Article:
Activists Using COVID-19 Crisis to Attack Ag Animal Industry

Activists Using COVID-19 Crisis to Attack Ag Animal Industry

Russell Nemetz
Russell Nemetz
Animal right activists are using the COVID-19 crisis to attack the animal ag industry.

Amanda Radke, a fifth-generation rancher from Mitchell, South Dakota, and blogger for Beef Magazine, tackled the issue of animal rights activists during her presentation last week on the virtual ONE: Alltech Ideas Conference. Radke says the activists are using the coronavirus crisis as an excuse to attack the agriculture animal industry.

“These bad actors have been busy chipping away at our freedoms to own and use livestock and animals in food, medicine, research and more” said Radke. "These groups have targeted U.S. meat producers and their federal aid support claiming that only plant-based producers that produce sustainable and climate friendly foods should be allowed anything in the stimulus package.”

Radke says when the stock market dived early in the crisis, the groups purchased stocks in high end clothing companies with the hope to have the leverage to ban wool and fur in the future.

She says they also pushed to eliminate the use of animals in research as scientists work to find treatments and vaccines for the coronavirus.

"Perhaps must awful of all, they’ve written editorials that blame meat eating and animal production on the coronavirus" said Radke. "If you’re not fired up about this now, it’s time to wake up to the very real threat of these extremist on our future in animal agriculture and as meat eaters.”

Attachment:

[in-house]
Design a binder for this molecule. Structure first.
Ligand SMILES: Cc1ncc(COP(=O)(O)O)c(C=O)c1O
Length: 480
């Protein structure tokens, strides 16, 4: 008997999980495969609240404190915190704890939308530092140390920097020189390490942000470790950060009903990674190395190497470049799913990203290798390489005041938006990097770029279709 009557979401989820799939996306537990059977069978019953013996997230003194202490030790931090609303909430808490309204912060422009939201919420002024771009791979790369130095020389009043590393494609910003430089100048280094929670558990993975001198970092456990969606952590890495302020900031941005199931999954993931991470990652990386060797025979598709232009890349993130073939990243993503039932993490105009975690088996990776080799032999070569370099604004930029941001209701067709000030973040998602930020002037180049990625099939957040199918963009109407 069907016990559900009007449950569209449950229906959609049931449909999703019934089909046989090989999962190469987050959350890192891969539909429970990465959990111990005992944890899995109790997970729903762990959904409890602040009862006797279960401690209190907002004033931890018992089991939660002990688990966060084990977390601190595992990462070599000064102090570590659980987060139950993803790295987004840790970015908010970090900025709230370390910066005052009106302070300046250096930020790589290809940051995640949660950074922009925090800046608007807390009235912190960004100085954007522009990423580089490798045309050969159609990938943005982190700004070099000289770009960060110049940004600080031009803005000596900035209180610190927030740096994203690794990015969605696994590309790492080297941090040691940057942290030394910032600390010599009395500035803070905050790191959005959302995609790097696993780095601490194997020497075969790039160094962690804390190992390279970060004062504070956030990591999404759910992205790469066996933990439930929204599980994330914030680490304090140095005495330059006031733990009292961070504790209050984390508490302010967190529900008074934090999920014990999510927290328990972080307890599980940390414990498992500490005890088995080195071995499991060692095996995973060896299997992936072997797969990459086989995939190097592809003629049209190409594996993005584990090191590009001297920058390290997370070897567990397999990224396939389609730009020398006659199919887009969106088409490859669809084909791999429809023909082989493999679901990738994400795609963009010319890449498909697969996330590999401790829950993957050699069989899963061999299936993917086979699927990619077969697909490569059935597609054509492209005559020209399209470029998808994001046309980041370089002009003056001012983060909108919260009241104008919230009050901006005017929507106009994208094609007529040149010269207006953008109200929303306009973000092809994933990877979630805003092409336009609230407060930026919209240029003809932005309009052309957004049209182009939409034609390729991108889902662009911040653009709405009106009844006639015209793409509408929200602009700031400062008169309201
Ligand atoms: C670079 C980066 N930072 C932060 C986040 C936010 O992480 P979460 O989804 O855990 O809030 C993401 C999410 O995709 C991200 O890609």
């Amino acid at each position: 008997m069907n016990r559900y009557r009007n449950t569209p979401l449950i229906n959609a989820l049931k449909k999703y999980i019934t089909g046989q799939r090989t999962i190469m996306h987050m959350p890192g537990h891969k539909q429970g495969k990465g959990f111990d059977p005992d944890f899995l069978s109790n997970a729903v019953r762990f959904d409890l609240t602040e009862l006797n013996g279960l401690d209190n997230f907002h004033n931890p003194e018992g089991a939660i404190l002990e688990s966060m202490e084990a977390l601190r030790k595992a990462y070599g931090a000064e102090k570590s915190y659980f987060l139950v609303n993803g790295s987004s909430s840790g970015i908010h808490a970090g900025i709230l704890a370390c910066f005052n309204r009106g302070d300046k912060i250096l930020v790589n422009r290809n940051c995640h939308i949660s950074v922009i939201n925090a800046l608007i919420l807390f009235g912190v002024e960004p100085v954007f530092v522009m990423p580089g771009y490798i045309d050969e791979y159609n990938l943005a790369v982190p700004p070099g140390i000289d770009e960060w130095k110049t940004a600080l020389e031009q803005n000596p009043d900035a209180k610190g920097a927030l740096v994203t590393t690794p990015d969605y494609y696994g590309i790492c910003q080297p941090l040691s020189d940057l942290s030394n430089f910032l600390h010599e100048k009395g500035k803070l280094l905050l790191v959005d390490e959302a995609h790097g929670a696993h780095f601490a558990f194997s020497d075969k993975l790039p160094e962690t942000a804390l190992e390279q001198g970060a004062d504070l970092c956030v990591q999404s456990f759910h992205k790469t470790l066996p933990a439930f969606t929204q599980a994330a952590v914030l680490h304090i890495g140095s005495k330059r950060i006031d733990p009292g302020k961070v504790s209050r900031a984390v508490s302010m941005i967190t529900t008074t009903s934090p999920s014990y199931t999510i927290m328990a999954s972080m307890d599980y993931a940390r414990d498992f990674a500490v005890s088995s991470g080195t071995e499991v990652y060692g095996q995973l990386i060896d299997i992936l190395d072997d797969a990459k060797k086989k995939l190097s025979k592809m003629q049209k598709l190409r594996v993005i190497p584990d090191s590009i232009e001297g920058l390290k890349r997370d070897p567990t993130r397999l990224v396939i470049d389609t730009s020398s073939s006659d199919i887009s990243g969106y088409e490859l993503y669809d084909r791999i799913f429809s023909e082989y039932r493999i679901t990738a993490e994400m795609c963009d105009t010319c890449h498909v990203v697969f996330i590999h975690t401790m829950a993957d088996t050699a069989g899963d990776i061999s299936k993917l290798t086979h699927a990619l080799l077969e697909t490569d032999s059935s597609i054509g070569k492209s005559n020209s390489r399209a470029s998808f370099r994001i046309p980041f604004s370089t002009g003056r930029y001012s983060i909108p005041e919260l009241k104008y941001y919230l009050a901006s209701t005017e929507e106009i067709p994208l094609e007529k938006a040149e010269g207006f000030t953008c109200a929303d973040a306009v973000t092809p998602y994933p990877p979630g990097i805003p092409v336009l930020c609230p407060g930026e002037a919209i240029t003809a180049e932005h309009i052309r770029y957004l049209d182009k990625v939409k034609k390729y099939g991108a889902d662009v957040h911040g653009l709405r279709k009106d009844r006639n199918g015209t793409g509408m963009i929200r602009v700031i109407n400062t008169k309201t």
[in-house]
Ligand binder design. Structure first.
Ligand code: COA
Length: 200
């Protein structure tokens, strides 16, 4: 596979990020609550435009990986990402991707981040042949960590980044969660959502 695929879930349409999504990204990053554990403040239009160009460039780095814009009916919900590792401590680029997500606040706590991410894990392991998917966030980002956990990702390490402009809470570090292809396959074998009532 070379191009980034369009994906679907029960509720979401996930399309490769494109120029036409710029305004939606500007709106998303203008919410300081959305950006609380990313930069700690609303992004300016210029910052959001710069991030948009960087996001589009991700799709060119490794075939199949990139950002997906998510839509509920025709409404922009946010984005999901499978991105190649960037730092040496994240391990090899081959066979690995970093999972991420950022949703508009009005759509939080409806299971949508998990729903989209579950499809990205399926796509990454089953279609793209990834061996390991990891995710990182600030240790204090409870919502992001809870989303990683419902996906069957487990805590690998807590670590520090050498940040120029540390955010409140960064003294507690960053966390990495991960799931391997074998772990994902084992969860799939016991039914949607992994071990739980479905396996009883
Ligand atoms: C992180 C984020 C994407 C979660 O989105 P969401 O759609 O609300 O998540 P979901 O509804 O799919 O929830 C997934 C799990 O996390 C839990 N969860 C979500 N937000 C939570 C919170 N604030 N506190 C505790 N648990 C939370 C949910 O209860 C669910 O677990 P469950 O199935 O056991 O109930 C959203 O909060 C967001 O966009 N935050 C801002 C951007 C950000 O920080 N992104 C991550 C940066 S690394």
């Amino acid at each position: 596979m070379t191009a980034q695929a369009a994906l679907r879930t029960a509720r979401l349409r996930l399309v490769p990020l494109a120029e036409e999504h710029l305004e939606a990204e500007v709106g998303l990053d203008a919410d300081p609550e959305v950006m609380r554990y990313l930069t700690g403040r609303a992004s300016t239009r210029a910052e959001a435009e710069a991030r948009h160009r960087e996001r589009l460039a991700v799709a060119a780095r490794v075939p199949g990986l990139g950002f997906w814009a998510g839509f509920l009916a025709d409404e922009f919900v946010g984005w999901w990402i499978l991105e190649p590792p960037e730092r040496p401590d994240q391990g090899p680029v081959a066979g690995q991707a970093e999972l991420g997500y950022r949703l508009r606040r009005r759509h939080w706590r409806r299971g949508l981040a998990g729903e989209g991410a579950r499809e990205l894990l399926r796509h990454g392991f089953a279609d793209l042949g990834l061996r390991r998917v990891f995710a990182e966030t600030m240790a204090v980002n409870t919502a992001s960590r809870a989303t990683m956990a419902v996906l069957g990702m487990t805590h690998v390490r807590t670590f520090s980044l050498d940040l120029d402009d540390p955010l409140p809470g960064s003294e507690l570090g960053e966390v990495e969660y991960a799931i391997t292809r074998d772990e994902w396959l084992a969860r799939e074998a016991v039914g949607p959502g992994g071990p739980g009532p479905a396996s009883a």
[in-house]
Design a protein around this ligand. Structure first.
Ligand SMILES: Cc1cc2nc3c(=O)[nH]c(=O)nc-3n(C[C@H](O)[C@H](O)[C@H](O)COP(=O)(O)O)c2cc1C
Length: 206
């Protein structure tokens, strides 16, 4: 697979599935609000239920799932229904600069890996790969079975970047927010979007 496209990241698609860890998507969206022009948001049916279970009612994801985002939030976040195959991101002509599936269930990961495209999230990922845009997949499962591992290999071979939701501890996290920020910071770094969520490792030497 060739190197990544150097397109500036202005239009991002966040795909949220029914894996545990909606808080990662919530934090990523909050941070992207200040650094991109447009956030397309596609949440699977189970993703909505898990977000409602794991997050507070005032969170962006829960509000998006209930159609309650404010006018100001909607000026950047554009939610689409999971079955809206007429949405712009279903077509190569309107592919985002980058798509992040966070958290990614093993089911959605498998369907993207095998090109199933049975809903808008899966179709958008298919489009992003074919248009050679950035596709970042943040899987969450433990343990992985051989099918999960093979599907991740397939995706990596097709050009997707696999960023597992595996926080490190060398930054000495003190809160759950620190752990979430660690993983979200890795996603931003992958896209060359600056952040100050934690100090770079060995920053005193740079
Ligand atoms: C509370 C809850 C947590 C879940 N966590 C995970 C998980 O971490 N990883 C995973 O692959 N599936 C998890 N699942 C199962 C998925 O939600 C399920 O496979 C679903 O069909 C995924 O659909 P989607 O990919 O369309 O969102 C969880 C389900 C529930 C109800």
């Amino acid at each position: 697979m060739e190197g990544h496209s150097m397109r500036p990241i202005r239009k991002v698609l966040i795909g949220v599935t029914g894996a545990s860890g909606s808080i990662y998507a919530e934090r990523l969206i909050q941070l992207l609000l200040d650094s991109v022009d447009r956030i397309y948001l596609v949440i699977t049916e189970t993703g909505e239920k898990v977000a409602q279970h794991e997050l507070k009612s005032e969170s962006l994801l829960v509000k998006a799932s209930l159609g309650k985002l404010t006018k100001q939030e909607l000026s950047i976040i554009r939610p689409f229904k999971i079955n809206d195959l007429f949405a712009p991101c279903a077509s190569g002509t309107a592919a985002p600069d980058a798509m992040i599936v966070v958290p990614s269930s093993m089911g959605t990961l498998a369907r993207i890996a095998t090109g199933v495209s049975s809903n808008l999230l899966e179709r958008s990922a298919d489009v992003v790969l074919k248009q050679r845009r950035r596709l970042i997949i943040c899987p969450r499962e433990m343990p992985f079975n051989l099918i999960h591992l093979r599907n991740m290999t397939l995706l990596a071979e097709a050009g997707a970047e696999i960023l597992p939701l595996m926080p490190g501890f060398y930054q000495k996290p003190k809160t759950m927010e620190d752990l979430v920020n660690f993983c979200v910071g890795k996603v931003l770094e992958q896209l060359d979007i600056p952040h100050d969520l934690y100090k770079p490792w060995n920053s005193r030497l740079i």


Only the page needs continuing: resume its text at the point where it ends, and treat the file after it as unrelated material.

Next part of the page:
The reality is much of the animal criticism is falling on deaf ears as consumers have shown a great desire to purchase animal protein. Radke said research indicates consumers are stocking up on essential food items.

"Forty-seven percent of consumers are stocking up on essential items with 78 percent saying that doing so made them feel safer" said Radke. "Three-fourths of respondents said that they had difficulty finding chicken and other meats, as well as bread, eggs and milk when they went grocery shopping.”

She encouraged beef producers to be a reliable source of credible information.

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